Eliyahu Friedman is not the type of teenager who loves the limelight. Known as an incredibly shy student in his high school, his love of camping and nature gave him the courage to start his school's first outdoor club. "I think starting the club has made me more confident in myself. Standing up in front of the student body to announce hikes was uncomfortable at first, but now it's routine," says Eli. "Now I'm known around school as the 'outdoor club' guy." Eli's enjoyment of the outdoors has spread to his classmates, with weekend hikes, climbing lessons and outdoor certifications.
When Eli had the idea to start an outdoor club, the thought of recruiting members and starting it from the ground up was intimidating. "The real challenge for me was finding students to be active on a Sunday, rather than doing things at home," he says. Arthur Poleyeff, principal at Torah Academy, recalls, "Eli came to me with the idea for an outdoor club and we didn't have anyone to help him run it. He just said, 'I'll find someone,' and he took it from there. He took the initiative and really transformed into a leader."
Only a few students showed up to the first few hikes and now the group contains core members who meet every weekend. Since its start, the club hiked in Ramapo State Forest, visited an indoor climbing gym and went on a group hike through three feet of snow.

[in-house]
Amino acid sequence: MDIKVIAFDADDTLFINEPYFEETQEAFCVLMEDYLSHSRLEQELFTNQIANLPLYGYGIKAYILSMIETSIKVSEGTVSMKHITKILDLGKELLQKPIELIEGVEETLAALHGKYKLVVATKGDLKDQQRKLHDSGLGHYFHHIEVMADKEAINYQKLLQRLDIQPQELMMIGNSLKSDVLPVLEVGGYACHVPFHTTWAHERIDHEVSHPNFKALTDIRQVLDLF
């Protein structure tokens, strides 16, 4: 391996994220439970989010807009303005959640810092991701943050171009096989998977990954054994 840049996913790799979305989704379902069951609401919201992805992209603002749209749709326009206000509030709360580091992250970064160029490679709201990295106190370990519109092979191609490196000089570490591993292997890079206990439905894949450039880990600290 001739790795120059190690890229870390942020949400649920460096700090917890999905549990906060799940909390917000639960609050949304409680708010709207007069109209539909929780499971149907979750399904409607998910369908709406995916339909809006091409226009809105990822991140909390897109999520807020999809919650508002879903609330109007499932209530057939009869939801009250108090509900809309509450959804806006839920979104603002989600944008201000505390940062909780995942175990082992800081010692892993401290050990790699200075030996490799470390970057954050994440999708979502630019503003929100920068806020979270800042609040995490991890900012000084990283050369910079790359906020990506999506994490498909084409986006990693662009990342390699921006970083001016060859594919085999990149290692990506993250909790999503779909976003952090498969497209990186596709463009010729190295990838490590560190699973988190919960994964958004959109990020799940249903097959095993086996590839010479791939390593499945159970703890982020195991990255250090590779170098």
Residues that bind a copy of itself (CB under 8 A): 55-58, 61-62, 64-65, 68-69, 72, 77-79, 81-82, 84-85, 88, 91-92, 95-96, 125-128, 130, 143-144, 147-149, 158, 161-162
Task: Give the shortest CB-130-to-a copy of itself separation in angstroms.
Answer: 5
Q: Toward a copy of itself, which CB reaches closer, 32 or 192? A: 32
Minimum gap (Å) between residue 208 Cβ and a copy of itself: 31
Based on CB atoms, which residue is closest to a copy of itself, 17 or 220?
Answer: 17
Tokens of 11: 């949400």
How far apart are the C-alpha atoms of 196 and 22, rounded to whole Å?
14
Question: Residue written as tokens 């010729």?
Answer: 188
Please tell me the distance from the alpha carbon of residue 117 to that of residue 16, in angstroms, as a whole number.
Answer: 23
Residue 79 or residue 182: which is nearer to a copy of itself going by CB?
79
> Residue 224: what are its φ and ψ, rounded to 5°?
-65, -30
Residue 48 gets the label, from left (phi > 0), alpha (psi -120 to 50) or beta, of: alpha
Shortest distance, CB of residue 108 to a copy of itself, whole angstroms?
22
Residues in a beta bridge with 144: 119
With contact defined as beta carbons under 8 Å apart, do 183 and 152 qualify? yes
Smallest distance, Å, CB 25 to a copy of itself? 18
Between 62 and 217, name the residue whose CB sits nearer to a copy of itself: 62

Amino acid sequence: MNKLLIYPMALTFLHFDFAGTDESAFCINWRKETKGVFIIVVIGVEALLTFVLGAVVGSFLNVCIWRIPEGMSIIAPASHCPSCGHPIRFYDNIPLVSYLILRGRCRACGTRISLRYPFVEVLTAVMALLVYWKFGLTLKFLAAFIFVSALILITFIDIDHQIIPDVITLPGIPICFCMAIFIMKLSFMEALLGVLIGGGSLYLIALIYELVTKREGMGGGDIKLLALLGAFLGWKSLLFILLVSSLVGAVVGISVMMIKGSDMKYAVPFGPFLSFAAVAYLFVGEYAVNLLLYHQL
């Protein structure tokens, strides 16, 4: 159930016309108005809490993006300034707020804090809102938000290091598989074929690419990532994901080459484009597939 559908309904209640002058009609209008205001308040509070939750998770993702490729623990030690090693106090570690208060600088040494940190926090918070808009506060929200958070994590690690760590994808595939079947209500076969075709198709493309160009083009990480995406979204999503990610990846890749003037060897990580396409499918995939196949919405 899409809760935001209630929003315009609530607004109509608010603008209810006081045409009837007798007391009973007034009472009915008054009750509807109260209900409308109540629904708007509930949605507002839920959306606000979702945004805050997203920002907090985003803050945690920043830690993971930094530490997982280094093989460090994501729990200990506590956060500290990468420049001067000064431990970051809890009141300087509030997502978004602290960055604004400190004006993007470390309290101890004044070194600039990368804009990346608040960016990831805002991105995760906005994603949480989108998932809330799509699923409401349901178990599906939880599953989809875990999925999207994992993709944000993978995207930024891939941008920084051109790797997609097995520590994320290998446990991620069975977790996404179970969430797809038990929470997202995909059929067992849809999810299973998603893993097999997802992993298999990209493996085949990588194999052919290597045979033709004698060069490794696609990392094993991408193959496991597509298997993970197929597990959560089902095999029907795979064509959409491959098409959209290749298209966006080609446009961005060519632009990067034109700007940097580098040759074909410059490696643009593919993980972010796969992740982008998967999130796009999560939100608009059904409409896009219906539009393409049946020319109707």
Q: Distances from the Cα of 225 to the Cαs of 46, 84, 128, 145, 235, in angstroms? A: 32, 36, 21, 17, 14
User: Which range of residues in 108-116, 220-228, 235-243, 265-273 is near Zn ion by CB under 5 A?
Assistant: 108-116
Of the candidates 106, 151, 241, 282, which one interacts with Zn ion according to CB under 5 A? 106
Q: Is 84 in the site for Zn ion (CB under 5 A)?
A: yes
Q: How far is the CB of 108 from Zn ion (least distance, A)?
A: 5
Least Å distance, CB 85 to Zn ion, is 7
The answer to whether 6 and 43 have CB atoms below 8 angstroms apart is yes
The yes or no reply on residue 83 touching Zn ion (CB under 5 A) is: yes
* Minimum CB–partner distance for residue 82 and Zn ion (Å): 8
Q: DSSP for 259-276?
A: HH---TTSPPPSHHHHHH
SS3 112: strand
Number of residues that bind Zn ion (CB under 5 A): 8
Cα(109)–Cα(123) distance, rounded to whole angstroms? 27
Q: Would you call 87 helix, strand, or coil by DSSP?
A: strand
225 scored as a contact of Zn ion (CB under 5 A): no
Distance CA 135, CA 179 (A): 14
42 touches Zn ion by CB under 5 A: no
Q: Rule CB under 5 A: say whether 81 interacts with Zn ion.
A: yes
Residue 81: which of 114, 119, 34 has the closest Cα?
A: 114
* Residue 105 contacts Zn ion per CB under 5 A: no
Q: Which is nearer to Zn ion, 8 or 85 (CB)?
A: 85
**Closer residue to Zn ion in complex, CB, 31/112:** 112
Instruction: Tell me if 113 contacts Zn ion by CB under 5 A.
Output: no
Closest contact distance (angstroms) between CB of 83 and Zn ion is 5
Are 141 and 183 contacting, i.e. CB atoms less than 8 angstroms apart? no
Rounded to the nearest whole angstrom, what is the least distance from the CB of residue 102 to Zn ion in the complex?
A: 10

"The club is an opportunity for students to get outside on a regular basis," says Eli. Now a senior at Torah Academy, Eli has passed along his presidency to another student for next year. "The club has added more members each year," says Eli. "I hope the incoming class has an interest in it so it can continue to grow." Eli plans to stay involved in the club even while he heads to Cooper Union College in the fall. "This has helped me become a leader," says Eli. "Maybe I'll even start an outdoor club in college." His father, Howard Friedman, says, "Teaching his classmates about the outdoors and leading activities has helped give him a measure of confidence and self-reliance that he might not have received otherwise."
The group has grown in numbers and stature, and the students are enthusiastic about possibilities – perhaps even getting a budget next year. "It'd be great to have the funds to plan a backpacking trip or a day of rock climbing," says Eli. "If the club could purchase gear like snowshoes or a few tents, it would make it even easier to convince students to head outdoors."
To learn more about Torah Academy of Bergen County Outdoor Club, visit tabc.org.